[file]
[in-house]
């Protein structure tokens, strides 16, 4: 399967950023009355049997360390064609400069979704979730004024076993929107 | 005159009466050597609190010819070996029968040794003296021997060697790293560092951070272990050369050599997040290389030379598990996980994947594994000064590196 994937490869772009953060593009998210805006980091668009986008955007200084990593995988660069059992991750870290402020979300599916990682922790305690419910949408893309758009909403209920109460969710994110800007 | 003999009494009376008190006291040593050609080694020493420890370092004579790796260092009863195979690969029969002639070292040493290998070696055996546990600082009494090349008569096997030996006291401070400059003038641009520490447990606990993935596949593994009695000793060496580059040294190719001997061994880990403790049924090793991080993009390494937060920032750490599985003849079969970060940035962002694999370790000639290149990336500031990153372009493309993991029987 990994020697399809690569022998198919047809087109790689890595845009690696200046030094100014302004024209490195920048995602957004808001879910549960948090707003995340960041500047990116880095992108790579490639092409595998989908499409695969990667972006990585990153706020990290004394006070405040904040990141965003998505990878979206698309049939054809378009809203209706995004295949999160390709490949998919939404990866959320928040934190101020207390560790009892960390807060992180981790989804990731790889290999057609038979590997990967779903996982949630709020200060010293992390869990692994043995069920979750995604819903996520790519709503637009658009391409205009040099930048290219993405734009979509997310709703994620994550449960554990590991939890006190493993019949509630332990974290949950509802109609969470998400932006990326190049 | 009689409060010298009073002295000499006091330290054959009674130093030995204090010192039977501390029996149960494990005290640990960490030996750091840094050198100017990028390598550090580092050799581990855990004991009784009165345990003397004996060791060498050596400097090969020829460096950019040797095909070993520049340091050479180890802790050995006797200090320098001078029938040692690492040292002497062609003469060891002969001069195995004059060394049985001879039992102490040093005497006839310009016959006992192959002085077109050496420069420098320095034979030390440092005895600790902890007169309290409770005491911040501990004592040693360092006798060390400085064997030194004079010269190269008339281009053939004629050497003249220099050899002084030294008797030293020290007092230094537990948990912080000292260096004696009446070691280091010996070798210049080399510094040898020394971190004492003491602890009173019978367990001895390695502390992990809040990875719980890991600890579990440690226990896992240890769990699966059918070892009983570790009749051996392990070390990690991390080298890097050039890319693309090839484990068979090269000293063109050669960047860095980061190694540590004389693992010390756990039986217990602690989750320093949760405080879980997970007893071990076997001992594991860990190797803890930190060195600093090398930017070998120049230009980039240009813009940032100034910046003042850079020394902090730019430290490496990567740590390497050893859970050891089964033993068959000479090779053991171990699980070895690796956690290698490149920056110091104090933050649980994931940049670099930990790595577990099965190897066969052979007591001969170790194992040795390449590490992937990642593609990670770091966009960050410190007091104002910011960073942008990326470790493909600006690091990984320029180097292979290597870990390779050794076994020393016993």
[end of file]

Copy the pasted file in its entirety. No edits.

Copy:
[in-house]
């Protein structure tokens, strides 16, 4: 399967950023009355049997360390064609400069979704979730004024076993929107 | 005159009466050597609190010819070996029968040794003296021997060697790293560092951070272990050369050599997040290389030379598990996980994947594994000064590196 994937490869772009953060593009998210805006980091668009986008955007200084990593995988660069059992991750870290402020979300599916990682922790305690419910949408893309758009909403209920109460969710994110800007 | 003999009494009376008190006291040593050609080694020493420890370092004579790796260092009863195979690969029969002639070292040493290998070696055996546990600082009494090349008569096997030996006291401070400059003038641009520490447990606990993935596949593994009695000793060496580059040294190719001997061994880990403790049924090793991080993009390494937060920032750490599985003849079969970060940035962002694999370790000639290149990336500031990153372009493309993991029987 990994020697399809690569022998198919047809087109790689890595845009690696200046030094100014302004024209490195920048995602957004808001879910549960948090707003995340960041500047990116880095992108790579490639092409595998989908499409695969990667972006990585990153706020990290004394006070405040904040990141965003998505990878979206698309049939054809378009809203209706995004295949999160390709490949998919939404990866959320928040934190101020207390560790009892960390807060992180981790989804990731790889290999057609038979590997990967779903996982949630709020200060010293992390869990692994043995069920979750995604819903996520790519709503637009658009391409205009040099930048290219993405734009979509997310709703994620994550449960554990590991939890006190493993019949509630332990974290949950509802109609969470998400932006990326190049 | 009689409060010298009073002295000499006091330290054959009674130093030995204090010192039977501390029996149960494990005290640990960490030996750091840094050198100017990028390598550090580092050799581990855990004991009784009165345990003397004996060791060498050596400097090969020829460096950019040797095909070993520049340091050479180890802790050995006797200090320098001078029938040692690492040292002497062609003469060891002969001069195995004059060394049985001879039992102490040093005497006839310009016959006992192959002085077109050496420069420098320095034979030390440092005895600790902890007169309290409770005491911040501990004592040693360092006798060390400085064997030194004079010269190269008339281009053939004629050497003249220099050899002084030294008797030293020290007092230094537990948990912080000292260096004696009446070691280091010996070798210049080399510094040898020394971190004492003491602890009173019978367990001895390695502390992990809040990875719980890991600890579990440690226990896992240890769990699966059918070892009983570790009749051996392990070390990690991390080298890097050039890319693309090839484990068979090269000293063109050669960047860095980061190694540590004389693992010390756990039986217990602690989750320093949760405080879980997970007893071990076997001992594991860990190797803890930190060195600093090398930017070998120049230009980039240009813009940032100034910046003042850079020394902090730019430290490496990567740590390497050893859970050891089964033993068959000479090779053991171990699980070895690796956690290698490149920056110091104090933050649980994931940049670099930990790595577990099965190897066969052979007591001969170790194992040795390449590490992937990642593609990670770091966009960050410190007091104002910011960073942008990326470790493909600006690091990984320029180097292979290597870990390779050794076994020393016993």